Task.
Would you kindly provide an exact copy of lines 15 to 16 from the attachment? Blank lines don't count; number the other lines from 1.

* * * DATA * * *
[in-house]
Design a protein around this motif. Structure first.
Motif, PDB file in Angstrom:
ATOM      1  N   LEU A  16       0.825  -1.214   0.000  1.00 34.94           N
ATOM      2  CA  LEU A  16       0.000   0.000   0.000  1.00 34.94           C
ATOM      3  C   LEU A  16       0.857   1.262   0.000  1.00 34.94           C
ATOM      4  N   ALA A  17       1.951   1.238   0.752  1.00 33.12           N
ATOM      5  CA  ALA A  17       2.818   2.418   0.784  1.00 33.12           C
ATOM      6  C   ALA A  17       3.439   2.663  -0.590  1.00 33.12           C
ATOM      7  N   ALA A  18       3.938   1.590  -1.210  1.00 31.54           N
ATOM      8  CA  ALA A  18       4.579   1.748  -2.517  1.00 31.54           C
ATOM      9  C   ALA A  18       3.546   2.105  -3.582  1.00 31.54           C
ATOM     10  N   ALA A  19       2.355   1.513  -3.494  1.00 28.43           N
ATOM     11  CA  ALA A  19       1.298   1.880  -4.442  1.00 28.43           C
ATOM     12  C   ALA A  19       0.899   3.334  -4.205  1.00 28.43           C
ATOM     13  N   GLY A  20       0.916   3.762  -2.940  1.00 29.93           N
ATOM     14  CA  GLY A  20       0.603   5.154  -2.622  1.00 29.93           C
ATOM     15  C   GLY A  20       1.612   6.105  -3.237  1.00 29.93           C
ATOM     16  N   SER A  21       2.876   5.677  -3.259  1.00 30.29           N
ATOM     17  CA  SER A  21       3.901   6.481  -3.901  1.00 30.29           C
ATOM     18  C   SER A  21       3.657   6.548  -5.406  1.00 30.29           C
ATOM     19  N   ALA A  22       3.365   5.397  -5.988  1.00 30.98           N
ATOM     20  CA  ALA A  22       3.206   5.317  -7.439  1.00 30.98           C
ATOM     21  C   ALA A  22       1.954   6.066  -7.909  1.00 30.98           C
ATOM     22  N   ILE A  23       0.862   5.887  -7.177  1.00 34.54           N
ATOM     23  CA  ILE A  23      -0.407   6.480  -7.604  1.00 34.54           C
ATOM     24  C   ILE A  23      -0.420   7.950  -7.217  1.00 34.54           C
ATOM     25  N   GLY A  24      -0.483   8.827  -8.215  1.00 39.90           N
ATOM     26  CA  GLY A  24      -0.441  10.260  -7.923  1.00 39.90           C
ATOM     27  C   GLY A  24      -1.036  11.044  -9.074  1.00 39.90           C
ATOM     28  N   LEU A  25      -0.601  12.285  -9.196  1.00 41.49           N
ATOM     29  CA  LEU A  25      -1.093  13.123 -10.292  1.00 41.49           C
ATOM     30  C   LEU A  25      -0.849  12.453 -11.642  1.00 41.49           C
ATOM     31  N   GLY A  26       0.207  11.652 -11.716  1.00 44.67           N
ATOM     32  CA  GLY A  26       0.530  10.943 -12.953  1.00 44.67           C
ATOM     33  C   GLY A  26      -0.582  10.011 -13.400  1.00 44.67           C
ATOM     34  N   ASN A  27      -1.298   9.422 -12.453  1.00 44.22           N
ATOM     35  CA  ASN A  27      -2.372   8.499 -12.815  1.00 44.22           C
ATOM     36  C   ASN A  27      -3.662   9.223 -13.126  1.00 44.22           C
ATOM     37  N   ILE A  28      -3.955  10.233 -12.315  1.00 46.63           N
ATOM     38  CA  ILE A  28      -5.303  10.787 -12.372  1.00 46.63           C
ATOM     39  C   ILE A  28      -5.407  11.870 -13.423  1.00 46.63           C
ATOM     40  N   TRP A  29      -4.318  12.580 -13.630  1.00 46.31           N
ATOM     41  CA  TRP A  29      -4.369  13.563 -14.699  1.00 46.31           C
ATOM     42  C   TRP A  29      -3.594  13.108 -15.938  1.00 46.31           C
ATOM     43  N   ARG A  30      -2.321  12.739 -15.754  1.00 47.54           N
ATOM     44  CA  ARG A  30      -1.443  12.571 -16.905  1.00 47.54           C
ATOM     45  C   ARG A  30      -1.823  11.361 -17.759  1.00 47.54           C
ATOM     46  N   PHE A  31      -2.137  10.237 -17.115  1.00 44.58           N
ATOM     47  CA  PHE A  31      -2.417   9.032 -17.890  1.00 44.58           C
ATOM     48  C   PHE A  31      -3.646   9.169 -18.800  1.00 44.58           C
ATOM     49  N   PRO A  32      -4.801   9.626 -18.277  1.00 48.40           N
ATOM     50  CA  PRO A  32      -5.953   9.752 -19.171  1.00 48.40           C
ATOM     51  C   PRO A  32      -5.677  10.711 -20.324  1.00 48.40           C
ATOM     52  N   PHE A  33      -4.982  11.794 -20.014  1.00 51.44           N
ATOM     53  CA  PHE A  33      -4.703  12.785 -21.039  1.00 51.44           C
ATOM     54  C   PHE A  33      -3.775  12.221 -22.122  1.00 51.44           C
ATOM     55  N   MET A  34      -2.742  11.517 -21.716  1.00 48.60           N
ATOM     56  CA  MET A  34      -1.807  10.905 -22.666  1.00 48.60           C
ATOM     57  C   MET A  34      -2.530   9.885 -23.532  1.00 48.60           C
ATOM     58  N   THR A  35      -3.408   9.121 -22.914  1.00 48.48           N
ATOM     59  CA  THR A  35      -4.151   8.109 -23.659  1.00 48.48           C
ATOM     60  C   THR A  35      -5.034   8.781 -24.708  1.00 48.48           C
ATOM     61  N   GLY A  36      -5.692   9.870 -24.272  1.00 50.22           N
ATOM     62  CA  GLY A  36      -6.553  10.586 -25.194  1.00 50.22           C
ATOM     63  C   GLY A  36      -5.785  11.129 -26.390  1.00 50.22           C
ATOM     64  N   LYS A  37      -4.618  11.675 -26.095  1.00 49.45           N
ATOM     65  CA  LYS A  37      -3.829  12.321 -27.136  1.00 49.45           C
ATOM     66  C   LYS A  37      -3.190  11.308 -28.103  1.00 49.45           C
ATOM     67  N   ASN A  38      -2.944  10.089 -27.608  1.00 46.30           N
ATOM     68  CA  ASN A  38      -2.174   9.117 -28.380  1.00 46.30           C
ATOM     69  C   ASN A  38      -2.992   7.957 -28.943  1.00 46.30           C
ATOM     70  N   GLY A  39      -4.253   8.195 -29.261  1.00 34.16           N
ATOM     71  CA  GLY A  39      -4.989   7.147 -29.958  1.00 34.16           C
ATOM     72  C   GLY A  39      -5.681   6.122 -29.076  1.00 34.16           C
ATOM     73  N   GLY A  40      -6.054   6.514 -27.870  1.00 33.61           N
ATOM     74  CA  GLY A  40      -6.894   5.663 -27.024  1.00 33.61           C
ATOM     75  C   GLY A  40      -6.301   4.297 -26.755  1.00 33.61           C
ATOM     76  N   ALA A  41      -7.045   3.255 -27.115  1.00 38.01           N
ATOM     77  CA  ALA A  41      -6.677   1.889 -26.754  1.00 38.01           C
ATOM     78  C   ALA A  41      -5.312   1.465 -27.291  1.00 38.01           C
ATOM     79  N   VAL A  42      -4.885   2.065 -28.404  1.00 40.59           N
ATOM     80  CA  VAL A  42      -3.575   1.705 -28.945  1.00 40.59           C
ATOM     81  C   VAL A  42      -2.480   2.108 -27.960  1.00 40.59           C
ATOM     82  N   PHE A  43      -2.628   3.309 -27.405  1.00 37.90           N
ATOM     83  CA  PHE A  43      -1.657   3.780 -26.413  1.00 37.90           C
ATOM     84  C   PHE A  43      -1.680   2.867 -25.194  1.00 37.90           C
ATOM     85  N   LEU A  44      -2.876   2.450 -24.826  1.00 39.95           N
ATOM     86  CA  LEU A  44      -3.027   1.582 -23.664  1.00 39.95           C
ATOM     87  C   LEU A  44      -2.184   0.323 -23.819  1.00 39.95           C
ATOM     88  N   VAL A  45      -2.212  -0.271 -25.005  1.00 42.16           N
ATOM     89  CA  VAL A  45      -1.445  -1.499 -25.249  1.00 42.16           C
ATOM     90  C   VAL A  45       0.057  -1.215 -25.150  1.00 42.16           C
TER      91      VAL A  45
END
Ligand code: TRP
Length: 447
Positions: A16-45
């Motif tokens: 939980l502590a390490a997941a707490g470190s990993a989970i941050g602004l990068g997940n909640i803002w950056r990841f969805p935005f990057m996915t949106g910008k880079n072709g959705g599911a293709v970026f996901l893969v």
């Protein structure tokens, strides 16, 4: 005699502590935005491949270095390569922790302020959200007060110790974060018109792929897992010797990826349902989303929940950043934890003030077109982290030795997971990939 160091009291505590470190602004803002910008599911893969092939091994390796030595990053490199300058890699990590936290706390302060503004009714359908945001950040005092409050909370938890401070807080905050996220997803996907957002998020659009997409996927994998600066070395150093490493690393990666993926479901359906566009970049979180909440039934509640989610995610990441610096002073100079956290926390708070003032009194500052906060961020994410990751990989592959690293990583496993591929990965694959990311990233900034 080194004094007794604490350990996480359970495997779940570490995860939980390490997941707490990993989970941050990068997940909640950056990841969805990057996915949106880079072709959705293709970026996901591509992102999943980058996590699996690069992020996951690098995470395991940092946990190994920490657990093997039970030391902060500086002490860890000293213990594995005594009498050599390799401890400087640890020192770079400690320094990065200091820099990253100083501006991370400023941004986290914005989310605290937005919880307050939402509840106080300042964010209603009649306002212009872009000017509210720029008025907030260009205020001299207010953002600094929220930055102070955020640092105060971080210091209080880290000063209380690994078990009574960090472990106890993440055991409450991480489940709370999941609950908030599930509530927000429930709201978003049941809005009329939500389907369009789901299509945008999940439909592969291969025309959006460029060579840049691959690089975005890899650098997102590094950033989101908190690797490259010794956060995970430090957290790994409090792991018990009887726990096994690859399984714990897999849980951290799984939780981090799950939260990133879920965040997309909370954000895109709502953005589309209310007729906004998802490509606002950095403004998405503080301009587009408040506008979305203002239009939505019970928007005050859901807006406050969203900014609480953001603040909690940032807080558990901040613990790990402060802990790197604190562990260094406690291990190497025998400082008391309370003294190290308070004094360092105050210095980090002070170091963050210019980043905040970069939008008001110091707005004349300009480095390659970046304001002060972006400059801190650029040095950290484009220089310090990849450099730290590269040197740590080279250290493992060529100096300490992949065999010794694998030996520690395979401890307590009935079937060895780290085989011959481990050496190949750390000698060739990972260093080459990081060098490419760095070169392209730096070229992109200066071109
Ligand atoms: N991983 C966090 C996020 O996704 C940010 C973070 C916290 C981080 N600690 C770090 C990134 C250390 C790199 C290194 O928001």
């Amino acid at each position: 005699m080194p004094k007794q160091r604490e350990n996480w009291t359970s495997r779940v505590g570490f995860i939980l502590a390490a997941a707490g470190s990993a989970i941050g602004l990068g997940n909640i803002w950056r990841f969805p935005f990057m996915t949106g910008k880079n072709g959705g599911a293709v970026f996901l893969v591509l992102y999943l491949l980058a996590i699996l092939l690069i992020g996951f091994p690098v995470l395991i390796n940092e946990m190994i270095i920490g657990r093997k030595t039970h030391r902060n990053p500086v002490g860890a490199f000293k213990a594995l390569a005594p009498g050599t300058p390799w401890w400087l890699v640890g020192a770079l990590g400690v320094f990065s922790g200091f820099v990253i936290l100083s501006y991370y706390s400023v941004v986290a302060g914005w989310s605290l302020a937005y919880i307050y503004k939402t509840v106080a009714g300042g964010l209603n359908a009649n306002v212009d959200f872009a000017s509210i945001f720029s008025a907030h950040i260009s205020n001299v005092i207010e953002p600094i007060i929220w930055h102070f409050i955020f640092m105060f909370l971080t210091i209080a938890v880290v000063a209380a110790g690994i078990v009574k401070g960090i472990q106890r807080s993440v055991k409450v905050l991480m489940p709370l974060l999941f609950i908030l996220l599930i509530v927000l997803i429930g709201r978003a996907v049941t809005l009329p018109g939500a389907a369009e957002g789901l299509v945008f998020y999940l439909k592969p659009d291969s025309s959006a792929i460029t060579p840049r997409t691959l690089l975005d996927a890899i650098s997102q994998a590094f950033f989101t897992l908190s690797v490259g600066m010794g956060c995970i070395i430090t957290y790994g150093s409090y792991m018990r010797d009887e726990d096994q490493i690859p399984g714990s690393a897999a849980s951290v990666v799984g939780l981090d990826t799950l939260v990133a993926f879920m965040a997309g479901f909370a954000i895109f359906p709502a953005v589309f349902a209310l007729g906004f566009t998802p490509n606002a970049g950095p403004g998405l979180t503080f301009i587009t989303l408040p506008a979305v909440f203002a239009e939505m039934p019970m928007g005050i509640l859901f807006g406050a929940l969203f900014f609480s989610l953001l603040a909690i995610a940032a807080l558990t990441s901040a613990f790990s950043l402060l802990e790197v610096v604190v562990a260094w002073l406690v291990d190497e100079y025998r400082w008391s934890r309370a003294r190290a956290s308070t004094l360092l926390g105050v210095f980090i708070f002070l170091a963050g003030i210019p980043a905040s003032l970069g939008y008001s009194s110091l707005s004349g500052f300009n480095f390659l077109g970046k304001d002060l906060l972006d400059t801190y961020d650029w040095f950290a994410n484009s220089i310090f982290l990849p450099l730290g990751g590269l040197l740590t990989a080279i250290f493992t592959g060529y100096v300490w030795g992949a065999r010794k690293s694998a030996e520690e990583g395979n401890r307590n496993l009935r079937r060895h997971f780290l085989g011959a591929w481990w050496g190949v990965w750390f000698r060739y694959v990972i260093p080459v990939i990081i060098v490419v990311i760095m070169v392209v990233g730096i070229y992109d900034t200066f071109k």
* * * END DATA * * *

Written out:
ATOM     12  C   ALA A  19       0.899   3.334  -4.205  1.00 28.43           C
ATOM     13  N   GLY A  20       0.916   3.762  -2.940  1.00 29.93           N